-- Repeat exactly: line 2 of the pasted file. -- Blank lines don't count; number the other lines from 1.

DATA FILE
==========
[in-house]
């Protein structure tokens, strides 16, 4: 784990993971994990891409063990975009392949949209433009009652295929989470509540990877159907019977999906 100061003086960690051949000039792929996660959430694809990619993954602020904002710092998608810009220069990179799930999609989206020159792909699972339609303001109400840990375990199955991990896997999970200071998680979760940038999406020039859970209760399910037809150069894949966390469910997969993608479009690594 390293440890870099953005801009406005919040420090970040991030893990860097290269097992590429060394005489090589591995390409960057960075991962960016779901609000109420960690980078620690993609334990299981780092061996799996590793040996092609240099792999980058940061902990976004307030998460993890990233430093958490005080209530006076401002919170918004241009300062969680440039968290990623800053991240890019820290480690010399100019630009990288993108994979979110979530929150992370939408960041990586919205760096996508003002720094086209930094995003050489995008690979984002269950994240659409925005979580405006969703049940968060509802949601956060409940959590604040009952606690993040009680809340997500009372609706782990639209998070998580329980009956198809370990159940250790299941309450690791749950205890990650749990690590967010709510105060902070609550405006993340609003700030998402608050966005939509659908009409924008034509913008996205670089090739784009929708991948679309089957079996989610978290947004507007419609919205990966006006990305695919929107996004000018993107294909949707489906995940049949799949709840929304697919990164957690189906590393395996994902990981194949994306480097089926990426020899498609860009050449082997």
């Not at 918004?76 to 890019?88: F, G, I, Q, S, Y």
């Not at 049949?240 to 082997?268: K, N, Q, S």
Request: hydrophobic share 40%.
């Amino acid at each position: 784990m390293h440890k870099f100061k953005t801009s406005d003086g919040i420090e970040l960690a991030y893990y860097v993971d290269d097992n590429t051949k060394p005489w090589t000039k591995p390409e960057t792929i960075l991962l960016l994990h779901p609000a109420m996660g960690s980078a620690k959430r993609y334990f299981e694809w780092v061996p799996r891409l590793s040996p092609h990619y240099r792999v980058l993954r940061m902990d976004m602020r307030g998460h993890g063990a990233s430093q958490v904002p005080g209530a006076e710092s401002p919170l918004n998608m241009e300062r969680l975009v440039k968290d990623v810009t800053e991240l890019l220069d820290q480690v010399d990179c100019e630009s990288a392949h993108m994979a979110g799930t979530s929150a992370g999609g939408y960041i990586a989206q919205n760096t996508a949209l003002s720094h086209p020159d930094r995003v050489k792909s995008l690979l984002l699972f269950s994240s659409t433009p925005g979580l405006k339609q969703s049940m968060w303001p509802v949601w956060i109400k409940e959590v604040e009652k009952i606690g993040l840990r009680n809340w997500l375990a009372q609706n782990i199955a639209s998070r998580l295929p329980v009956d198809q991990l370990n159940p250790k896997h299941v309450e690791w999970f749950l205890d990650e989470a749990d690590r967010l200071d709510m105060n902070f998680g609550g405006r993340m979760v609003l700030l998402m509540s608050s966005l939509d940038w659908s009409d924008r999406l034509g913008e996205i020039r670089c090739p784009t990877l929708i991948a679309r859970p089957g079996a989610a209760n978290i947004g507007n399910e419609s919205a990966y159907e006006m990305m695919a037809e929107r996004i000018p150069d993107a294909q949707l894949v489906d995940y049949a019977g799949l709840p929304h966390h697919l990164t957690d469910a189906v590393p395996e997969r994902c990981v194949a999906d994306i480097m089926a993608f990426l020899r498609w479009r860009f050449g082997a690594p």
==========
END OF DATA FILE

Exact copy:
């Protein structure tokens, strides 16, 4: 784990993971994990891409063990975009392949949209433009009652295929989470509540990877159907019977999906 100061003086960690051949000039792929996660959430694809990619993954602020904002710092998608810009220069990179799930999609989206020159792909699972339609303001109400840990375990199955991990896997999970200071998680979760940038999406020039859970209760399910037809150069894949966390469910997969993608479009690594 390293440890870099953005801009406005919040420090970040991030893990860097290269097992590429060394005489090589591995390409960057960075991962960016779901609000109420960690980078620690993609334990299981780092061996799996590793040996092609240099792999980058940061902990976004307030998460993890990233430093958490005080209530006076401002919170918004241009300062969680440039968290990623800053991240890019820290480690010399100019630009990288993108994979979110979530929150992370939408960041990586919205760096996508003002720094086209930094995003050489995008690979984002269950994240659409925005979580405006969703049940968060509802949601956060409940959590604040009952606690993040009680809340997500009372609706782990639209998070998580329980009956198809370990159940250790299941309450690791749950205890990650749990690590967010709510105060902070609550405006993340609003700030998402608050966005939509659908009409924008034509913008996205670089090739784009929708991948679309089957079996989610978290947004507007419609919205990966006006990305695919929107996004000018993107294909949707489906995940049949799949709840929304697919990164957690189906590393395996994902990981194949994306480097089926990426020899498609860009050449082997």